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Canucks Report: Day 10

by Derek Jory / Vancouver Canucks
February 25, 2010


By Derek Jory,

There’s hockey being played at Canada Hockey Place, even though the men have a day off.

The gold and bronze medal games are playing out today on the women’s side of things.

The early game of the day had Finland beating Sweden 3-2 in overtime thanks to a goal from Karoliina Rantamaki.

”I just can’t believe it happened, we made it,” said Rantamaki.

Winning bronze is the equivalent of gold for Finland as it was clear gold was either going to Canada or the United States before the Olympcis began.

Their showdown begins at 3:30 p.m. (PST) in what is expected to be one of the greatest showdowns between these adversaries in history.

Remember when Canada beat the US for gold in Salt Lake City? This is going to be better than that.

Hard to believe.



It’s loud in here. Real loud. Not quite at the level of the Canada/Russia game Wednesday, but amazing nonetheless.

Canadian fans dominate the crowd filling 90 per cent of the seats.

There’s one American who really stands out. He’s wearing a bright orange Philadelphia Flyers jersey.

If he went to his closet this morning and chose that to wear, I’m wondering what it beat…


This game began with some wide open, end-to-end hockey, but few shots on goal.

Once the teams settled into things, the shots started to fly. So did the mitt of Canadian keeper Shannon Szabados.

Szabados made two demented glove saves to spoil a pair of prime scoring chances for the United States; both Monique Lamoureux and Caitlin Cahow had goals taken away by the quickness of Szabados.

Canada took consecutive penalties midway through the period putting the home side down two players for 40 seconds. The penalty kill was successful on both counts and the momentum from the kills helped open the scoring.

On the next Canadian rush, Marie-Philip Poulin finished a one-timer from Jennifer Botterill set her up following a great play to keep the puck in the American zone.

The Canadian lead doubled to 2-0 2:45 later when, after winning a draw in the American end, Poulin collected a loose puck and snapped it under the glove of US goaltender Jessie Vetter.

She should have known Vetter.

It’s 2-0 Canada after 20 minutes of play; shots are 8-7 for the red and white.


Nobody wants to score on the power play. If someone ever does, this game could be decided.

It’s still 2-0 Canada but the home team left a few goals on the ice on two botched power plays; the Canadians are now 0-for-5 on the man advantage.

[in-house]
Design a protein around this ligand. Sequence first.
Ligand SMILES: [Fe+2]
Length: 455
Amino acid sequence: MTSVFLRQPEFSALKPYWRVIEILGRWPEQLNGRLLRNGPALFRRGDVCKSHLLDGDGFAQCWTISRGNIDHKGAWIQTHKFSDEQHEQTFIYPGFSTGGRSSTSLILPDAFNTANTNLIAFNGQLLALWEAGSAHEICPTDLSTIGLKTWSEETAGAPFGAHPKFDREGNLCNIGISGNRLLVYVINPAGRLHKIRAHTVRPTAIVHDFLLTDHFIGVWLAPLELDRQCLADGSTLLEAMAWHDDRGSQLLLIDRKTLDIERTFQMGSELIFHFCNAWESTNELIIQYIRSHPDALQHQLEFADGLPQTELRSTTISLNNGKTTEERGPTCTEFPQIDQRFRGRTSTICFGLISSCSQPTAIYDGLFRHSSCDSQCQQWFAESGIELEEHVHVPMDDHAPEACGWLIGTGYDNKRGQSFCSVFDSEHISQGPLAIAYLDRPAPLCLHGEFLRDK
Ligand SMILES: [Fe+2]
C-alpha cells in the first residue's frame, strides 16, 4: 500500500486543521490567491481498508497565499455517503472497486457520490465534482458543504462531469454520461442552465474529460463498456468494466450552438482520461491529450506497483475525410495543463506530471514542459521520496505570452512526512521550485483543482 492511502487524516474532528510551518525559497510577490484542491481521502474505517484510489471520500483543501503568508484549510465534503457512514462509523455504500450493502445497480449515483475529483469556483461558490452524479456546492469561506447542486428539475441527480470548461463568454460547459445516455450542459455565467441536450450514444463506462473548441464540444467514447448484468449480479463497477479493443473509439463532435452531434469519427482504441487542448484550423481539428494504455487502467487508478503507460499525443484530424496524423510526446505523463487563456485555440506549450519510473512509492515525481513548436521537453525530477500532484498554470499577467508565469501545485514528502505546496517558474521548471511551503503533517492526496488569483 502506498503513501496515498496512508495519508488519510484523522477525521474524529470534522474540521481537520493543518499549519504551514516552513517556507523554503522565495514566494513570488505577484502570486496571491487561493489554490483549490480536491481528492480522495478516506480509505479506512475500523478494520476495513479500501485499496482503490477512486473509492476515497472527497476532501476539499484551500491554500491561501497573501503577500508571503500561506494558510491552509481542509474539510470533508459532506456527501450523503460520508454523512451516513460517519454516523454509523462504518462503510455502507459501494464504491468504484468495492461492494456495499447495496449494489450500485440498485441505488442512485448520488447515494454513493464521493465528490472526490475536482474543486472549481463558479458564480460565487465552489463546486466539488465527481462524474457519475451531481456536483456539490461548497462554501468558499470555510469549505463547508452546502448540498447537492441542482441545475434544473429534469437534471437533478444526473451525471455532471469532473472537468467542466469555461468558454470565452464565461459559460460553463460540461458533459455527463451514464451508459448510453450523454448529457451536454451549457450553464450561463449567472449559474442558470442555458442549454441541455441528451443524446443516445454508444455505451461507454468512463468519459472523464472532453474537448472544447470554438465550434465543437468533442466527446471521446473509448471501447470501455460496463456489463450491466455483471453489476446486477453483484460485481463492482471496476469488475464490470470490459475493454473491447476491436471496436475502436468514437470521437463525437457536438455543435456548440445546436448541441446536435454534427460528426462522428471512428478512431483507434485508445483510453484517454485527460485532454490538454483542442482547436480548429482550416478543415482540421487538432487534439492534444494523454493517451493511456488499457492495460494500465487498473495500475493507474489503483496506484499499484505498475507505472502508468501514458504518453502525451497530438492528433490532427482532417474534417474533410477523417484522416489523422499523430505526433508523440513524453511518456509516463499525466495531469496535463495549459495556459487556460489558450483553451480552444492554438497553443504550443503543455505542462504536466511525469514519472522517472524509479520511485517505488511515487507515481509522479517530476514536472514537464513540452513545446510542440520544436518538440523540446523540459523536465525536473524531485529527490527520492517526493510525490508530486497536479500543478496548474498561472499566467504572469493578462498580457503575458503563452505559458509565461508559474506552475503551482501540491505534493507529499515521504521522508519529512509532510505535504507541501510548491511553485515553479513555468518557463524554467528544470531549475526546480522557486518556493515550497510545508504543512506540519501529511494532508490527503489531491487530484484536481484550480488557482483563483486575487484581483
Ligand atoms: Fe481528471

Believe it or not, that’s better than the American power play.

The red, white and blue, are 0-for-6 while up a skater, including two 5-on-3 opportunities.

Both Jayne Hefford and Becky Kellar were penalized for delay of game with 23 seconds of each other giving the US a golden opportunity to finally make a push for gold.

Canada eliminated the power plays with ease to remain ahead by a pair of goals.

Shots are 21-18 for the US.


The best teams in women’s hockey saved the best hockey of the women’s tournament for a frantic final 20 minutes.

With the refs putting away their whistles and letting the teams play, Canada and the US seesawed back and forth with quality scoring chances every minute, or so it seemed. Szabados and Vetter kept the door shut to keep the score in Canada’s favour.

The Americans pressed late, controlling play in the final 10 minutes. The Canadians were cautious not to turn the puck over and when they did all five were back to defend.

With 53 seconds left the US attempted to pull Vetter, but Canada put up a wall at centre ice forcing the keeper back to her post.

From there it was only a matter of time before the fans erupted and the Canadians piled on Szabados as GOLD MEDAL CHAMPIONS!

It looked like an equipment yard sale as sticks, gloves and helmets were sprawled all over the ice with the Canadian celebration beginning.

When it ends, no one knows.


It isn’t quite as serious as being under house arrest, but Roberto Luongo is finding it awfully tough to stray too far from the athlete’s village.

He wouldn’t have it any other way.

Luongo is nearing Elvis-like popularity with each passing day; he’s become the face of Team Canada and of the Canadian surge for a golden finish on home soil.

Since supplanting Martin Brodeur in the Canadian net following a 5-3 loss to the United States, Luongo has won two consecutive games, both must-win contests ending in handshakes.

The Canucks keeper is now 2-0-1-0 with a 1.67 goals against average and .924 save percentage. Luongo has only been beaten five times on 66 shots.

No wonder everyone wants a piece of Bobby Lu.

”I’m trying to stay in doors as much as I can because a couple of times I’ve been outdoors I haven’t been able to walk too far,” laughed Luongo, one of a handful of players taking in the women’s gold medal game.